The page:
Wait a minute — zombies have a research society? Yes, it turns out the Zombie Research Society (ZRS) is an organization, founded by Matt Mogk, that dedicates itself to the “historic, cultural, and scientific study of the living dead.” On its website you will find zombie survival strategies, theories on historical outbreaks, and scientific articles on various subjects such as vaccines and Ebola. There’s even a list of the top 10 safest countries to live in during a world-wide zombie outbreak. (The US ranks 3rd just behind Canada and Australia)

Keen-eyed readers will also discover that Bradley Voytek is on the advisory board of the ZRS and that he will soon publish Do Zombies Dream of Undead Sheep?: A Neuroscientific View of the Zombie Brain, a popular science book that references zombie popular culture to help answer neuroscientific questions regarding brain function during sleep, the nature of sensory perception, and much more. You can sample some of this unique book here.

This is not the first zombie book we have published, nor will it be the last. You may wish to check out our other undead titles below.


 

bookjacket Do Zombies Dream of Undead Sheep?
A Neuroscientific View of the Zombie Brain
Timothy Verstynen & Bradley Voytek
bookjacket Zombies and Calculus
Colin Adams
bookjacket Zombie Economics:
How Dead Ideas Still Walk among Us
John Quiggin
bookjacket Theories of International Politics and Zombies
Daniel W. Drezner

Throwback Thursday #TBT: Selected Letters of C. G. Jung, 1909-1961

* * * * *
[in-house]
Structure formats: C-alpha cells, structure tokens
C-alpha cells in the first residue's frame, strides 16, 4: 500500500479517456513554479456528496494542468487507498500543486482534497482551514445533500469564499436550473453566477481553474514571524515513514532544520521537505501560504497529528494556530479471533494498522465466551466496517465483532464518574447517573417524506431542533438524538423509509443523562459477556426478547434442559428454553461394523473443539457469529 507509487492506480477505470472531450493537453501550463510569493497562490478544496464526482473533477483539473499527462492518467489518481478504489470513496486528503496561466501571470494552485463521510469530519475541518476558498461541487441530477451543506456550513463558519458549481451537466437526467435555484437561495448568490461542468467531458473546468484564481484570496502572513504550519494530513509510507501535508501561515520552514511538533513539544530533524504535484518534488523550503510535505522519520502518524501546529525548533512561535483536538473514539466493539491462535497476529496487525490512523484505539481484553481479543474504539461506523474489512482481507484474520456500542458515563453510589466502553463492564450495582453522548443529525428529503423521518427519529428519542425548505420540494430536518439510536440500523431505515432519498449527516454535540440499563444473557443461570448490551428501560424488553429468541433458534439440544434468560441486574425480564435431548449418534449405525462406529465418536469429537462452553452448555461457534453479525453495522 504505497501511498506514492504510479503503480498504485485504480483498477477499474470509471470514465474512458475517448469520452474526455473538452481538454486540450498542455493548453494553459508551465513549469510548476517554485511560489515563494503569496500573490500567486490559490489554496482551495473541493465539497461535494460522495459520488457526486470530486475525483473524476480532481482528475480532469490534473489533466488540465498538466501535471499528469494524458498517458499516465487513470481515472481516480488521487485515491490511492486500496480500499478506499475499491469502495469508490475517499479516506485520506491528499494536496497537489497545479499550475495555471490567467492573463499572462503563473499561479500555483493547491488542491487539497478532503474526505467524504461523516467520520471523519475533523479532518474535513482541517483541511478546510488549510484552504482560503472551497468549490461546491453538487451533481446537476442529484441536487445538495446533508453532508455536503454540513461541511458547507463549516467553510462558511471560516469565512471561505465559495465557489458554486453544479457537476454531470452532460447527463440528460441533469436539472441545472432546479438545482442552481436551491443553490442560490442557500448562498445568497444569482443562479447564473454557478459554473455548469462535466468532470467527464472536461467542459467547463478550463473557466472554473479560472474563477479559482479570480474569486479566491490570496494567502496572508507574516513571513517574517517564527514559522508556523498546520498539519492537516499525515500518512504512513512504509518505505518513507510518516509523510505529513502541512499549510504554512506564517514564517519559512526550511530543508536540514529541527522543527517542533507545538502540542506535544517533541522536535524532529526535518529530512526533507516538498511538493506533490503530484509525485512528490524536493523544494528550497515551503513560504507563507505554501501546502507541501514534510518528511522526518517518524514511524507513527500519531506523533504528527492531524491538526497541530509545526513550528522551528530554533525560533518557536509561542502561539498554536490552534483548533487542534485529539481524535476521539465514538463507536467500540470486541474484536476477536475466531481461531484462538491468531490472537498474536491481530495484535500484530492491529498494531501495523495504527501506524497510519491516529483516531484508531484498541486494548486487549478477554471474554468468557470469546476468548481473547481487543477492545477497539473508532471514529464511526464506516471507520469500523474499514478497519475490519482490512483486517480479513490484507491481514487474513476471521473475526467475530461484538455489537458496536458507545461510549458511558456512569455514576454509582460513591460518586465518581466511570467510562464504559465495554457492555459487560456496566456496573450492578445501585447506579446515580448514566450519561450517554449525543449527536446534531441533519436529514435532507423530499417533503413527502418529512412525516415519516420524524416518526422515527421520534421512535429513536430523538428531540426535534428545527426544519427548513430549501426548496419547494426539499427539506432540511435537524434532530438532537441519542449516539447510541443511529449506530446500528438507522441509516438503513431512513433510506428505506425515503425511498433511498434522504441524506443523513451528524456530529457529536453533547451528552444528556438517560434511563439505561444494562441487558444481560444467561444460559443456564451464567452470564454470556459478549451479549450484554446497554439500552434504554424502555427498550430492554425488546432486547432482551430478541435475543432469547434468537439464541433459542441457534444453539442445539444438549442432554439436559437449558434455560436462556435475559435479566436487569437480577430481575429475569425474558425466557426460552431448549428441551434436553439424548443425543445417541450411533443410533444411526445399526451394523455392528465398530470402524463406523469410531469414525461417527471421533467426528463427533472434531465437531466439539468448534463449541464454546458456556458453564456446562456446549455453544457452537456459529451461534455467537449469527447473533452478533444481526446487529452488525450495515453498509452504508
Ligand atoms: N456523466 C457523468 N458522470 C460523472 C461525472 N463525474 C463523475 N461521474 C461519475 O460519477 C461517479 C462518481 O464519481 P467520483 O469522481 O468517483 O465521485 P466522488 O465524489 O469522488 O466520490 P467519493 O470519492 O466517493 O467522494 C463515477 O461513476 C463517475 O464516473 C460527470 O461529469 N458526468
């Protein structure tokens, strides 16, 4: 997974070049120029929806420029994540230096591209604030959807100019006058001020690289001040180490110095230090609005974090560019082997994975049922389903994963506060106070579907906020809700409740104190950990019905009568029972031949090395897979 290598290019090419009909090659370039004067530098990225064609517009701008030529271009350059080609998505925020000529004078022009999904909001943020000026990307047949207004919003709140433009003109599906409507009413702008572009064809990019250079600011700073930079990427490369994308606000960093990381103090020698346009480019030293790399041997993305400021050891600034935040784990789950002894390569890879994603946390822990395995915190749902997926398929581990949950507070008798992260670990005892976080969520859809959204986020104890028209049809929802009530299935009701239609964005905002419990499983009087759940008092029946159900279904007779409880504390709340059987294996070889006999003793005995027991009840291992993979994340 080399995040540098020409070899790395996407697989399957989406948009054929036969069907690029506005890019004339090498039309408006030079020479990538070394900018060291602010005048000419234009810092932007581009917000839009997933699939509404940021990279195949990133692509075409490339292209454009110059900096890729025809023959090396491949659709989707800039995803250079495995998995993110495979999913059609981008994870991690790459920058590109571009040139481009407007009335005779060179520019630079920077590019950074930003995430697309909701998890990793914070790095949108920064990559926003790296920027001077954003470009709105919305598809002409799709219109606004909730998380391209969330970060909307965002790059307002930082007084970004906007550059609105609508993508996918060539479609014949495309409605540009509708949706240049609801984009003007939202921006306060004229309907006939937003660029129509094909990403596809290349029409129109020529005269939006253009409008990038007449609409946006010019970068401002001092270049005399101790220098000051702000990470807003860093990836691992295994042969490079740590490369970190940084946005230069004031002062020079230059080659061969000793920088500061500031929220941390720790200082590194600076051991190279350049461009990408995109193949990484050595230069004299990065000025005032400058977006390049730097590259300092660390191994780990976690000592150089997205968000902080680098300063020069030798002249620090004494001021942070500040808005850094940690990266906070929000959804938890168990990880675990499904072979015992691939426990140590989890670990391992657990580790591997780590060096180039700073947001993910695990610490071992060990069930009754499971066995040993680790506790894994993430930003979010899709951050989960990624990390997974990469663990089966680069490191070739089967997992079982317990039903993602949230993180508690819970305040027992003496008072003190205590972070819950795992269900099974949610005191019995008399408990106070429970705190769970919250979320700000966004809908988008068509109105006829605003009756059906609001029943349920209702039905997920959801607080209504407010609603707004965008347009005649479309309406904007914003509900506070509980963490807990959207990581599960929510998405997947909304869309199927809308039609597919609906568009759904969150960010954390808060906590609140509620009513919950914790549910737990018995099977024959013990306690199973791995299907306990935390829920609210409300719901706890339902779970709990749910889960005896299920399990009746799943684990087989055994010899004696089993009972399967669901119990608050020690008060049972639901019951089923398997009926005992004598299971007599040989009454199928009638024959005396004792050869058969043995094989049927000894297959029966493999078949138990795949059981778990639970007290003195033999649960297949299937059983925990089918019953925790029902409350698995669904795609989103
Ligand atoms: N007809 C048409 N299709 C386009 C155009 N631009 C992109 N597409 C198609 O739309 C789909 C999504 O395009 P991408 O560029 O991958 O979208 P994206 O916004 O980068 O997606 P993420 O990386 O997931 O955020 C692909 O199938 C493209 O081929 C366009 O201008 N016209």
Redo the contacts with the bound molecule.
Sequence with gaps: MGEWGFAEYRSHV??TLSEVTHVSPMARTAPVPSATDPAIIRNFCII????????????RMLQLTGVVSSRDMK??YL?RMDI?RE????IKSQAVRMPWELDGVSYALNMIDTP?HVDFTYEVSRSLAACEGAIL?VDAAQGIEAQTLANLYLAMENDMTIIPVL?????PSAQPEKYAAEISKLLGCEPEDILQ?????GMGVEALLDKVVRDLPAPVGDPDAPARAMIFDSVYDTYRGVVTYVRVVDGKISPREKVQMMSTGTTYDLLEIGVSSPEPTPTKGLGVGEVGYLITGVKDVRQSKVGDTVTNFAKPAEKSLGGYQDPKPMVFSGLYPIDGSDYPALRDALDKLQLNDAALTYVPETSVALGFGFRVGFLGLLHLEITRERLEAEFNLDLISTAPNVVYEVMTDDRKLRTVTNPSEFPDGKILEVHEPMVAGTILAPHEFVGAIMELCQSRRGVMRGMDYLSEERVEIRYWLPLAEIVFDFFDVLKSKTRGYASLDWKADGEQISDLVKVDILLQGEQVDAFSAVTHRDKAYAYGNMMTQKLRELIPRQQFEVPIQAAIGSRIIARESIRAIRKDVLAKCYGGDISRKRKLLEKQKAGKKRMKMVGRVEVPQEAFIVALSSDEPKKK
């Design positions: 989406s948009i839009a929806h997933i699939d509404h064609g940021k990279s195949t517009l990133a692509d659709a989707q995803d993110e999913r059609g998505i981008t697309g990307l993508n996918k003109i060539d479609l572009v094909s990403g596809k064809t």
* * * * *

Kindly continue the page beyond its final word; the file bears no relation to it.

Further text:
Jung, Selected Letters, 1909-1961

Hello everybody! It’s Thursday again, and for this week’s Throwback (#TBT), we’re celebrating the Selected Letters of C. G. Jung, 1909-1961. The letters collected in this volume chronicle the founder of analytical psychology’s correspondence with friends, colleagues, and the people who came to him with problems. They also provide crucial insights into the beginnings of his theories and trace their development over the years.

Originally published in 1984, Selected Letters is one of many texts brought back by the Princeton Legacy Library series. It is also part of Princeton University Press’s esteemed Bollingen Series, named after the very Swiss village where Jung maintained a personal retreat.

That’s all for now, folks. See you next Thursday!

 

Gary Marcus to give public lecture: Towards a Theory of How the Brain Works

Marcus_Future_jktYou’re invited to a public lecture by Gary Marcus, co-editor of the forthcoming The Future of the Brain: Essays by the World’s Leading Neuroscientists, on Monday, March 31, 2014 at 6:00 p.m. in McCosh 50 at Princeton University.

The basic parts list of the brain is relatively well understood, but the logic of its operation remains almost entirely elusive, despite enormous technical advances. Even as our tools for understanding the brain become finer and finer grained, our theoretical apparatus for characterizing what we observe remains weak. In this talk, Professor Marcus will focus what we know about the six-layered sheet known as the neocortex, and will argue that two of the most dominant paradigms in theoretical neuroscience are inadequate. He will outline an alternative framework that aims to better bridge neuroscience with behavior, computation, development and evolutionary biology.